This month's free MP3 download is Mark's composition "Rendezvous", written for his friend from his early days as a musician, David Zasloff, jazz comedian. When we made a trip to Los Angeles in 2012, we looked up David and stopped to visit him at his home in Burbank. Mark wrote the song to honor the reunion. Mark’s been playing "Rendezvous" again lately, so he wanted to feature it as the free download this month and tell you a little about David.
Mark and David played gigs together at Matzoh Momma’s, a Jewish delicatessen and restaurant on Capitol Hill in Seattle. David did comedy and played multiple instruments along with other musicians. The musicians would switch instruments during the show and the instruments included sax, flute, shakuhachi, bass, drums and piano. David is originally from New York City. He’s a master shakuhachi player, and working with him started Mark’s interest in the instrument, which he now plays and builds on occasion. David was one of Mark’s best friends in the day. Mark often stayed on David’s couch when he came back to visit Seattle after he moved to Europe. David recorded a single called "Jazz Club" for Audio Daddio, and Mark wishes he still had a copy of it.
David is a stand-up comedian/multi-instrumentalist – vocalist and has performed in a wide variety of venues throughout the United States. David has written two books. One called, “The Complete Book Of Everything, Part I” which is a compilation of his comic monologues. His autobiography is called, “The Joy of Suffering.” And he recorded a comedy CD entitled “Honey Take Me Home.”
With his band David plays “Zen Jazz” which is a combination African, Japanese, Jewish, Latin, Caribbean, bebop. As a multi-instrumentalist he plays shakuhachi flute, trumpet, piano, percussion, guitar, autoharp and shofar. He is an accomplished songwriter, film composer and has produced four CD’s as well as been the musical director for 14 HBO comedy channel shows and one Showtime Special. His music has also been heard on the TV show “The Young and The Restless.”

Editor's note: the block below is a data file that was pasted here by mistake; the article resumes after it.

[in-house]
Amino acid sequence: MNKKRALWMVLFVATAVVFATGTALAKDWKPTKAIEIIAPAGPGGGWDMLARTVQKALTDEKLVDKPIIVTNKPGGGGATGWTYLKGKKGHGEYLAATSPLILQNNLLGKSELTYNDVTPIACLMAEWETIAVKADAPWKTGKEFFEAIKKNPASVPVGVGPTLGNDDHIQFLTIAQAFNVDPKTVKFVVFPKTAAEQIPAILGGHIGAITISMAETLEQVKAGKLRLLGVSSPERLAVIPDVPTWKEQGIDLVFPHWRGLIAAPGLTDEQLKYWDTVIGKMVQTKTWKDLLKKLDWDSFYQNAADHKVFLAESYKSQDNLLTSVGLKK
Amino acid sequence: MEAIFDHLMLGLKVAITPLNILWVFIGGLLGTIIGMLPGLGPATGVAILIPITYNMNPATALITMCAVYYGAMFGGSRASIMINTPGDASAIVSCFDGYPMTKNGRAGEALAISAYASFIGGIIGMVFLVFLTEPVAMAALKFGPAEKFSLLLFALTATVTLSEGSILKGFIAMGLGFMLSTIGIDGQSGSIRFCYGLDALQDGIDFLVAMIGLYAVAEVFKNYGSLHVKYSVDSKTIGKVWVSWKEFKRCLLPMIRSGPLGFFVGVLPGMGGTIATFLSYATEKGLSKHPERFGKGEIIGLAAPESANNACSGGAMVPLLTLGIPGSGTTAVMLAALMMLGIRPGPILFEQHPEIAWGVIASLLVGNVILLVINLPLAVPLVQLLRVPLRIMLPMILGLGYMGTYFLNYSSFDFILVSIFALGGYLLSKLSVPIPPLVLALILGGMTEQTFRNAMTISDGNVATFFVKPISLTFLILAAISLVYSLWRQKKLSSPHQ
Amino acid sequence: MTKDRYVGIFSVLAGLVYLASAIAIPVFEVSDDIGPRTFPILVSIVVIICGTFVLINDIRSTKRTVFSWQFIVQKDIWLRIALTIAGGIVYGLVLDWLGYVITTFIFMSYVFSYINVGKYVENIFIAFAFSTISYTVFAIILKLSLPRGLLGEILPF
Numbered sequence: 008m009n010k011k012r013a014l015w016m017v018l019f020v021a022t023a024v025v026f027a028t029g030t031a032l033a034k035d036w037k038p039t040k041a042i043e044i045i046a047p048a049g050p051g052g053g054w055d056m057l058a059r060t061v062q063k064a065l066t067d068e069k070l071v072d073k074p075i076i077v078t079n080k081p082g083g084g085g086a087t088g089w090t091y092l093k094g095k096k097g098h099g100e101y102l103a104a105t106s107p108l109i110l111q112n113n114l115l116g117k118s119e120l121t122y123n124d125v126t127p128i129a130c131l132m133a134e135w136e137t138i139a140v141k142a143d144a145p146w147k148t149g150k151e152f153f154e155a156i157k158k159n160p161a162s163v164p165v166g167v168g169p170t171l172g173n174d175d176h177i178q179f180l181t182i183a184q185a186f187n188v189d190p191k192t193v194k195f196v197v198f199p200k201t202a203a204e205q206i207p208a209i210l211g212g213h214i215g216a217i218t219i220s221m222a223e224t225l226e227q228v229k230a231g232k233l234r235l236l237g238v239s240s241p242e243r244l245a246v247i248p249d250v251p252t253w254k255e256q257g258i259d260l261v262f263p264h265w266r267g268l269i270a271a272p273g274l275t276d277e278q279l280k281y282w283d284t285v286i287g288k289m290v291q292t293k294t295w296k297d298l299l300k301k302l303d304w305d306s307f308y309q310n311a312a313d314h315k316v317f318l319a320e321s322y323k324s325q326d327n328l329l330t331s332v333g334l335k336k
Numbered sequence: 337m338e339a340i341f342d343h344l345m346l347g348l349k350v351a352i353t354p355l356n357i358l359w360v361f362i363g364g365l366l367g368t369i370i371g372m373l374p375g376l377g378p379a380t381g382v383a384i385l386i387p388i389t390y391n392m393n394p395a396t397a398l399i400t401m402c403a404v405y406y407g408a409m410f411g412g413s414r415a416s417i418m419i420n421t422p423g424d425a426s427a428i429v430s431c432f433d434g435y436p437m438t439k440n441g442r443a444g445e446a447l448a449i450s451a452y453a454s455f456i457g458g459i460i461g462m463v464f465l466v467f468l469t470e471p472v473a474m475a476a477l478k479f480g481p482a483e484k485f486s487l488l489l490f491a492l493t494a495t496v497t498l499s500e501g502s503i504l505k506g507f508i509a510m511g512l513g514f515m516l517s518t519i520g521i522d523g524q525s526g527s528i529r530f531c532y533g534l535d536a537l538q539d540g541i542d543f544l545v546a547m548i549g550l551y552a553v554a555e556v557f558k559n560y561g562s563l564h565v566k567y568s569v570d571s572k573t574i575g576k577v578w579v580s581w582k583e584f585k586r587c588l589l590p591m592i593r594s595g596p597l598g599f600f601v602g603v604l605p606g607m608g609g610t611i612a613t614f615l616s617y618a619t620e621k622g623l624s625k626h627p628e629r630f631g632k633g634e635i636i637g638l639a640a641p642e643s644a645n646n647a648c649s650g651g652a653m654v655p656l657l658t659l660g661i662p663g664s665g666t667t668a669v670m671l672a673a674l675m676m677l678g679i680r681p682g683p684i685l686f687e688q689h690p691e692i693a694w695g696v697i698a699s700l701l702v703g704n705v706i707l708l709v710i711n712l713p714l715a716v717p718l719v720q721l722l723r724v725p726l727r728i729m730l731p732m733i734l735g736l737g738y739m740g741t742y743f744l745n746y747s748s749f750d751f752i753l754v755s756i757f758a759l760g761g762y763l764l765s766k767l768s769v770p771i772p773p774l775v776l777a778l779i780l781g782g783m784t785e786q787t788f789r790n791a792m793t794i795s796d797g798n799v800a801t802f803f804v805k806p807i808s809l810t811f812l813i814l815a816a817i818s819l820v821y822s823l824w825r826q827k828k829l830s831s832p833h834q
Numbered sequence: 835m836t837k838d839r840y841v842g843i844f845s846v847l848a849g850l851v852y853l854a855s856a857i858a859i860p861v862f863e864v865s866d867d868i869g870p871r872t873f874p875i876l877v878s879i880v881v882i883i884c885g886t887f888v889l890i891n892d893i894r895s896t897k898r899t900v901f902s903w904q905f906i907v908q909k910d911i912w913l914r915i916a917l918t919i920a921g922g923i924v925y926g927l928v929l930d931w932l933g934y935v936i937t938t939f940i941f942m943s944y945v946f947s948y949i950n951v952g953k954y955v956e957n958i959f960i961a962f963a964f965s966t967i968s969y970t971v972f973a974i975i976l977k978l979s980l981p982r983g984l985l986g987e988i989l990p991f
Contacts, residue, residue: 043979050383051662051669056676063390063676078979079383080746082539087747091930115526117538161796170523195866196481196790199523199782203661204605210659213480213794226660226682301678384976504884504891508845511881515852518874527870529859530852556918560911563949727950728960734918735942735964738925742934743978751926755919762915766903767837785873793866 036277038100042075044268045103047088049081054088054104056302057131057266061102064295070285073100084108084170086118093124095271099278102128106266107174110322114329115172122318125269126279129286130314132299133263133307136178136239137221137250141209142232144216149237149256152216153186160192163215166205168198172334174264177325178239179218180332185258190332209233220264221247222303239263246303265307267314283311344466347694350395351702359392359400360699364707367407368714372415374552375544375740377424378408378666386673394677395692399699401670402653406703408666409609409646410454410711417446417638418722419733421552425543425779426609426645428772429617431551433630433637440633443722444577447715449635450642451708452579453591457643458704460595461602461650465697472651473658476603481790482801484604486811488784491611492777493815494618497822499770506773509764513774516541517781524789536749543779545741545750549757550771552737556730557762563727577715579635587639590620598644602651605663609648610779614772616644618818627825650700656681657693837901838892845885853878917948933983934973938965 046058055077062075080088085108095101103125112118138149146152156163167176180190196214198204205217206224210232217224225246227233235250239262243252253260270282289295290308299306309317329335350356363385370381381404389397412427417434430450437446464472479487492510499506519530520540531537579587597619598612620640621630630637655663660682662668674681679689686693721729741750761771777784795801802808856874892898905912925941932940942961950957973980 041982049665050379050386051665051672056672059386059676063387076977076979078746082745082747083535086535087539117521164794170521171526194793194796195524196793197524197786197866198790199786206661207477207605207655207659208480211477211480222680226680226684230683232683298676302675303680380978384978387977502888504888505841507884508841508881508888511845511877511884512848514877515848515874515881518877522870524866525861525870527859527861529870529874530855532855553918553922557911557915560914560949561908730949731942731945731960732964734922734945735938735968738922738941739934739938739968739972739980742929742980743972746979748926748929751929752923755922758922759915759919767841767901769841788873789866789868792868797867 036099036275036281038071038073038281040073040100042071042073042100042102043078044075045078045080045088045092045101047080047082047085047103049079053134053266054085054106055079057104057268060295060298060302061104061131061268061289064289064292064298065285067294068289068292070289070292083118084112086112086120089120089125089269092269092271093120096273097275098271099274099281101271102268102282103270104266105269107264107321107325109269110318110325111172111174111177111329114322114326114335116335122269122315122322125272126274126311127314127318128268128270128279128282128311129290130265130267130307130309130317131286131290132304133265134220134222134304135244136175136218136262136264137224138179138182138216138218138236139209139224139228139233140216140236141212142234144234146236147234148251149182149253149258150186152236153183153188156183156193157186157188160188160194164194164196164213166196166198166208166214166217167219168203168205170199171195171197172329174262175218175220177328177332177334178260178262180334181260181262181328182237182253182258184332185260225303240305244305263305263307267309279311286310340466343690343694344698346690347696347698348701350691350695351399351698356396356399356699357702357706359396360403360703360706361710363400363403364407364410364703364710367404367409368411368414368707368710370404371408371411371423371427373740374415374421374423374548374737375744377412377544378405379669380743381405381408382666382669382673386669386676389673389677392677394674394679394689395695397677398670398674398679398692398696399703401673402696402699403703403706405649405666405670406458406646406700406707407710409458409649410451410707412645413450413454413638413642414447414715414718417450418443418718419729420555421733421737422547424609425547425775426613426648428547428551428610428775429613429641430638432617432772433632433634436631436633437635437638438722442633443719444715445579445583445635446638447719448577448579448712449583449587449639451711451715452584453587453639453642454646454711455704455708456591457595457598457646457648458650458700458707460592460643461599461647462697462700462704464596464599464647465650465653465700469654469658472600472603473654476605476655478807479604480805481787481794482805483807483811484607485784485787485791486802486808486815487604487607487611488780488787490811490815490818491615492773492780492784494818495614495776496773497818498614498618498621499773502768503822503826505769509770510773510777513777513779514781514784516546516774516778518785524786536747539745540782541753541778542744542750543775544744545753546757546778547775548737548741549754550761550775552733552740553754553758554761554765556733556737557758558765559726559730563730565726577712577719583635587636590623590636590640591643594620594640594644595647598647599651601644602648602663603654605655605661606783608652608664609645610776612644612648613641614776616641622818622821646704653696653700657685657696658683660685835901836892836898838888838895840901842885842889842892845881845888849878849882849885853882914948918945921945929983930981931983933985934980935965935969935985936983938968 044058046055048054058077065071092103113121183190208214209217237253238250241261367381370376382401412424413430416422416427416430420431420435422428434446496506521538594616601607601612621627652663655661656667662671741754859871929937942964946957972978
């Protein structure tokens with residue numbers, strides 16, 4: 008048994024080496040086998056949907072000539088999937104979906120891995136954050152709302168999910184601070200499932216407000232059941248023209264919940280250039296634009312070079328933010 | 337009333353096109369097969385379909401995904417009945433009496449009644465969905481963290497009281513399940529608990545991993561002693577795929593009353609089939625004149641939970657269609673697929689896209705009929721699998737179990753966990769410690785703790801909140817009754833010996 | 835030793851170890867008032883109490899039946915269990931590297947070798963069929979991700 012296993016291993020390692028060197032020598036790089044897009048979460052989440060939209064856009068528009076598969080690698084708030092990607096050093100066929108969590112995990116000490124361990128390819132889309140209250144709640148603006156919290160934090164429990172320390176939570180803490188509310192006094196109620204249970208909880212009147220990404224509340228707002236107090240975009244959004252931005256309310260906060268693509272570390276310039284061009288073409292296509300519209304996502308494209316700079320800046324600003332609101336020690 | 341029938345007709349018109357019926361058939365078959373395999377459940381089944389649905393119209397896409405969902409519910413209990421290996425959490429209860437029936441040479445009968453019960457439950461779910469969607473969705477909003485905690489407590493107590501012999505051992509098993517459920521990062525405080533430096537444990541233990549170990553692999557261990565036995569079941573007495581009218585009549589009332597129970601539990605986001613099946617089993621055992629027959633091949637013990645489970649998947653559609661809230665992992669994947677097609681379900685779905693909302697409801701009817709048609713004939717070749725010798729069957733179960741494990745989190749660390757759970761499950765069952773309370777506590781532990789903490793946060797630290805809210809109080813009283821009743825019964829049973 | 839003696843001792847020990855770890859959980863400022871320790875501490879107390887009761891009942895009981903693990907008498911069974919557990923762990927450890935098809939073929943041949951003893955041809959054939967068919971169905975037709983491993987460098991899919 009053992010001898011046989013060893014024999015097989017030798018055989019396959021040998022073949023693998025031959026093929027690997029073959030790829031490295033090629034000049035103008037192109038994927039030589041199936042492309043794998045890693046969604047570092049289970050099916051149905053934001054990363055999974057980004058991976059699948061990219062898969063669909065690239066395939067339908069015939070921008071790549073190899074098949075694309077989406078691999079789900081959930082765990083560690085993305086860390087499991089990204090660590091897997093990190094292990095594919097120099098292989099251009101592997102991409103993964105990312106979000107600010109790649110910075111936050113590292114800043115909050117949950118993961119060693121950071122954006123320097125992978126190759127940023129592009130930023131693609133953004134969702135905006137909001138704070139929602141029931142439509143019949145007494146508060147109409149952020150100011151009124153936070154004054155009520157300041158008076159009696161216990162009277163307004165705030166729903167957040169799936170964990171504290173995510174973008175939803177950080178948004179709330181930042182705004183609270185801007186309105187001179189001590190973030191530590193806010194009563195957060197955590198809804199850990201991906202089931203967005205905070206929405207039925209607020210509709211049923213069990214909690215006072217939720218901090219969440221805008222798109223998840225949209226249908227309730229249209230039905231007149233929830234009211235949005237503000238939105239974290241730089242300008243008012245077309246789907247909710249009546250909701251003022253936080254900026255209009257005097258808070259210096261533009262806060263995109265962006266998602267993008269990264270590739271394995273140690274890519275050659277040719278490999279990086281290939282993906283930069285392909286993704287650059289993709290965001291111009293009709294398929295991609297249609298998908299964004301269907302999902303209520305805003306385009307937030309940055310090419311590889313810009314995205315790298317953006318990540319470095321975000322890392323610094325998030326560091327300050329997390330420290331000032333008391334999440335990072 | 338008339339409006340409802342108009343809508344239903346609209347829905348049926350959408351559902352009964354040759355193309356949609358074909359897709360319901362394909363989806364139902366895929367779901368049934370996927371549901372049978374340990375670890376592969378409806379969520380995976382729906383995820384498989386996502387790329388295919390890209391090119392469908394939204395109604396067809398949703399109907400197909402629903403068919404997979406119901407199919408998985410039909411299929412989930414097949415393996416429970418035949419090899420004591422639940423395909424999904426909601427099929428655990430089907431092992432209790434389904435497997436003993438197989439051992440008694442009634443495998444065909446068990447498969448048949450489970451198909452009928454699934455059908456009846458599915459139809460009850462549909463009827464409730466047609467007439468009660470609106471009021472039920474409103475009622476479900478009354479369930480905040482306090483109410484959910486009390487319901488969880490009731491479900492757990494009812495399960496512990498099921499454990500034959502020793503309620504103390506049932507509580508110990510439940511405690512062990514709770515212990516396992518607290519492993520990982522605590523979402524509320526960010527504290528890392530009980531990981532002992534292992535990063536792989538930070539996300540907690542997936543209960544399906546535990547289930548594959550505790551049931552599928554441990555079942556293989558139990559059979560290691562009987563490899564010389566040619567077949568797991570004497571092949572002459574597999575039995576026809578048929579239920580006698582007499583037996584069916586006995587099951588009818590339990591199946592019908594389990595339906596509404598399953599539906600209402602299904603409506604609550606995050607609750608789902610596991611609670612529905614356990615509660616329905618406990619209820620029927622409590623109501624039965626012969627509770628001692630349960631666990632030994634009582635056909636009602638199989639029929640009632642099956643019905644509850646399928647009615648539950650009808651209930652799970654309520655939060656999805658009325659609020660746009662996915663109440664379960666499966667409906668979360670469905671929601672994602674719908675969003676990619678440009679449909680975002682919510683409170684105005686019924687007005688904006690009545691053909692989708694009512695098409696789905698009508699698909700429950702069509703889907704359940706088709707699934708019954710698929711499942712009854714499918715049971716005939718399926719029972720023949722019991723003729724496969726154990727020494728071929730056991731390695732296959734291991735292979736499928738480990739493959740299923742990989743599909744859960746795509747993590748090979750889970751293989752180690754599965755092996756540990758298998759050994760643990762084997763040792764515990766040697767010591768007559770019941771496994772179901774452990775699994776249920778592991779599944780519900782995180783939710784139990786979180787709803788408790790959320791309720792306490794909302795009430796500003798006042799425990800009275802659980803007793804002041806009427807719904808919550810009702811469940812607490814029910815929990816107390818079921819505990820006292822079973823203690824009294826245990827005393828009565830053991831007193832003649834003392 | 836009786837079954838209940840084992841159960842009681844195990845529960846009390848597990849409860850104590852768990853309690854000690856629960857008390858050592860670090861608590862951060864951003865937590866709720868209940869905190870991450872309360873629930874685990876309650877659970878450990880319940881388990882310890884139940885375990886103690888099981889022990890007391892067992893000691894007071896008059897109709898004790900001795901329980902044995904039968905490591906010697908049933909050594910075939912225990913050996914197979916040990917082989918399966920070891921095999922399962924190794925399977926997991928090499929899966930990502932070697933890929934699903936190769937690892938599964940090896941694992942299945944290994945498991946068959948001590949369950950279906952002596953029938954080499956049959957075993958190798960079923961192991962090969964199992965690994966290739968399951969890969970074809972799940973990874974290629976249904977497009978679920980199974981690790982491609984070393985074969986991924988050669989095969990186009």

Most recently David played shakuhachi flute on the multi million selling Linkin Park CD, “Meteora.” David has also been a ski instructor, wilderness guide, white water river guide, stained glass artist, actor, playwright and record label owner.
Still up from last month: “Roll ‘em Joe,” written for the great guitarist from Toronto (Barrie) Ontario, Joe Huron. It’s the last track on Mark’s “New York Session” album. George Cables is on piano, Essiet Essiet on bass and Victor Lewis on drums.
“Roll ‘em Joe” has an African 12/8 beat. When Mark plays this song in a live performance, when he’s closer to home and has more instruments available, he sometimes supplements the group with either his triangle or djembe on this song. Mark developed his deep love and respect for the djembe working with Asad Oberoi, who played djembe in The Mark Lewis International Quintet. The quintet played Mark’s music written in African rhythms and included musicians from India, Holland, Africa and South America. Mark enjoys playing African sounds and used to teach African music at conservatories in Holland, to help teach jazz.
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Alone Together (Live)
Mark Lewis & David Friesen
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Veteran jazz masters Mark Lewis and David Friesen have recorded more than 100 albums between them, including two together (one on the Audio Daddio label, one on the Quartet label). The single “Alone Together” was recorded live at The Fremont in Seattle WA in December 2017.
This recording is rare for a number of reasons:
-It’s the first recording released of Mark Lewis on baritone saxophone, he’s most often heard on alto -David Friesen plays his own original music on recordings and in concert, almost never jazz standards -Mark Lewis typically records his own original music (more than 1,700 songs composed to date) -“Alone Together” is from the only night that was recorded at The Fremont during a six-month jazz series in a trendy neighborhood. - the club has since closed , a casualty of rising Seattle rents -The recording demonstrates master musicians improvising with what some might call unusual instrumentation – just baritone sax and bass -The performance combines an exquisite mix of technique, creativity and emotion – hallmarks of these musicians
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